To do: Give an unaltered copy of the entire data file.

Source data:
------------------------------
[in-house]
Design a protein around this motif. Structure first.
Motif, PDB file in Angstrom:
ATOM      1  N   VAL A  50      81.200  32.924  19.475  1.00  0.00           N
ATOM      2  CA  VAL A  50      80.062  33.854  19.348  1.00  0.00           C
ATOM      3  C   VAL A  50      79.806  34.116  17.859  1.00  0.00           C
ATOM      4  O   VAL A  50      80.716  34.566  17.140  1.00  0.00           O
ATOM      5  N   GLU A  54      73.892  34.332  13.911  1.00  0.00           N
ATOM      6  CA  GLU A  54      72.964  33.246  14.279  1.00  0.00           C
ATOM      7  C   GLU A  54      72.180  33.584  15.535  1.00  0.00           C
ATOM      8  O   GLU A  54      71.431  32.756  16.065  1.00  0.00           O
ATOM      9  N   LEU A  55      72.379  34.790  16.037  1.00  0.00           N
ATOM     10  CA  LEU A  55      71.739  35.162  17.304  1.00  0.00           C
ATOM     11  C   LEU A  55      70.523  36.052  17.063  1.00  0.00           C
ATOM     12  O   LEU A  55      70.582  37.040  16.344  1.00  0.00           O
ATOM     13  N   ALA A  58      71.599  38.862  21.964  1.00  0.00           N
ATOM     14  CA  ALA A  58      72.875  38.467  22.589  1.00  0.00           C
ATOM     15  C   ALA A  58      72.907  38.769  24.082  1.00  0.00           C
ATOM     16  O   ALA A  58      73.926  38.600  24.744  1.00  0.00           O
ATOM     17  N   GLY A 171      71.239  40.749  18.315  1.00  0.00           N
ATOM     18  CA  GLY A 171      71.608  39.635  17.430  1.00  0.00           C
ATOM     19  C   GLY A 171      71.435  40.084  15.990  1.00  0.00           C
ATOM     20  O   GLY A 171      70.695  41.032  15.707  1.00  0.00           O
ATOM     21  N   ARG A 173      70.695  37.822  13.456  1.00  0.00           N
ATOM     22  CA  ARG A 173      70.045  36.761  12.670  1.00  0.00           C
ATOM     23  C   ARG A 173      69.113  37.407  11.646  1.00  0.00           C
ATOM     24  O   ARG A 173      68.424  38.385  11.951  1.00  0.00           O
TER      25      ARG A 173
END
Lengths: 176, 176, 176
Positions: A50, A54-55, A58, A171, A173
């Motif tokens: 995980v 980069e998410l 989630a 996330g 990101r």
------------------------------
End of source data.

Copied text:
[in-house]
Design a protein around this motif. Structure first.
Motif, PDB file in Angstrom:
ATOM      1  N   VAL A  50      81.200  32.924  19.475  1.00  0.00           N
ATOM      2  CA  VAL A  50      80.062  33.854  19.348  1.00  0.00           C
ATOM      3  C   VAL A  50      79.806  34.116  17.859  1.00  0.00           C
ATOM      4  O   VAL A  50      80.716  34.566  17.140  1.00  0.00           O
ATOM      5  N   GLU A  54      73.892  34.332  13.911  1.00  0.00           N
ATOM      6  CA  GLU A  54      72.964  33.246  14.279  1.00  0.00           C
ATOM      7  C   GLU A  54      72.180  33.584  15.535  1.00  0.00           C
ATOM      8  O   GLU A  54      71.431  32.756  16.065  1.00  0.00           O
ATOM      9  N   LEU A  55      72.379  34.790  16.037  1.00  0.00           N
ATOM     10  CA  LEU A  55      71.739  35.162  17.304  1.00  0.00           C
ATOM     11  C   LEU A  55      70.523  36.052  17.063  1.00  0.00           C
ATOM     12  O   LEU A  55      70.582  37.040  16.344  1.00  0.00           O
ATOM     13  N   ALA A  58      71.599  38.862  21.964  1.00  0.00           N
ATOM     14  CA  ALA A  58      72.875  38.467  22.589  1.00  0.00           C
ATOM     15  C   ALA A  58      72.907  38.769  24.082  1.00  0.00           C
ATOM     16  O   ALA A  58      73.926  38.600  24.744  1.00  0.00           O
ATOM     17  N   GLY A 171      71.239  40.749  18.315  1.00  0.00           N
ATOM     18  CA  GLY A 171      71.608  39.635  17.430  1.00  0.00           C
ATOM     19  C   GLY A 171      71.435  40.084  15.990  1.00  0.00           C
ATOM     20  O   GLY A 171      70.695  41.032  15.707  1.00  0.00           O
ATOM     21  N   ARG A 173      70.695  37.822  13.456  1.00  0.00           N
ATOM     22  CA  ARG A 173      70.045  36.761  12.670  1.00  0.00           C
ATOM     23  C   ARG A 173      69.113  37.407  11.646  1.00  0.00           C
ATOM     24  O   ARG A 173      68.424  38.385  11.951  1.00  0.00           O
TER      25      ARG A 173
END
Lengths: 176, 176, 176
Positions: A50, A54-55, A58, A171, A173
């Motif tokens: 995980v 980069e998410l 989630a 996330g 990101r």